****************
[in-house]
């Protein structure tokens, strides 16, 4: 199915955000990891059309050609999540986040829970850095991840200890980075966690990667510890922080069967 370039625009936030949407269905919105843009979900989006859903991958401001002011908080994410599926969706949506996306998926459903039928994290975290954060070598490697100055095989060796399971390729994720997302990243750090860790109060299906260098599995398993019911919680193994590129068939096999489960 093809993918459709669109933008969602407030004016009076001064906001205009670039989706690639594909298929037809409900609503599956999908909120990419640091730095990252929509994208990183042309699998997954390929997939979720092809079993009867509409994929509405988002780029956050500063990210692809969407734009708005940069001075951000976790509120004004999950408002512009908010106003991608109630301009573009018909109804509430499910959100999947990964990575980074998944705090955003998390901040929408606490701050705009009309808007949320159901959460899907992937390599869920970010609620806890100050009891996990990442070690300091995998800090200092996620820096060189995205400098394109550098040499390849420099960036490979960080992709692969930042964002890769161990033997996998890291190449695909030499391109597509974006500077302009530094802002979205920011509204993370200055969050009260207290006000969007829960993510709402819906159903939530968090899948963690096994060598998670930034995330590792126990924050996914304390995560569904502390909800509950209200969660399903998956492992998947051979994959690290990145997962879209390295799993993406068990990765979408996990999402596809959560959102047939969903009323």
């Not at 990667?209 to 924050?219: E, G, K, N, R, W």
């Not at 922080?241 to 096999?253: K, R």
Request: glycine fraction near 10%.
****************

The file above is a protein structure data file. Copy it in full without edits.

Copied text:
[in-house]
């Protein structure tokens, strides 16, 4: 199915955000990891059309050609999540986040829970850095991840200890980075966690990667510890922080069967 370039625009936030949407269905919105843009979900989006859903991958401001002011908080994410599926969706949506996306998926459903039928994290975290954060070598490697100055095989060796399971390729994720997302990243750090860790109060299906260098599995398993019911919680193994590129068939096999489960 093809993918459709669109933008969602407030004016009076001064906001205009670039989706690639594909298929037809409900609503599956999908909120990419640091730095990252929509994208990183042309699998997954390929997939979720092809079993009867509409994929509405988002780029956050500063990210692809969407734009708005940069001075951000976790509120004004999950408002512009908010106003991608109630301009573009018909109804509430499910959100999947990964990575980074998944705090955003998390901040929408606490701050705009009309808007949320159901959460899907992937390599869920970010609620806890100050009891996990990442070690300091995998800090200092996620820096060189995205400098394109550098040499390849420099960036490979960080992709692969930042964002890769161990033997996998890291190449695909030499391109597509974006500077302009530094802002979205920011509204993370200055969050009260207290006000969007829960993510709402819906159903939530968090899948963690096994060598998670930034995330590792126990924050996914304390995560569904502390909800509950209200969660399903998956492992998947051979994959690290990145997962879209390295799993993406068990990765979408996990999402596809959560959102047939969903009323």
């Not at 990667?209 to 924050?219: E, G, K, N, R, W």
């Not at 922080?241 to 096999?253: K, R």
Request: glycine fraction near 10%.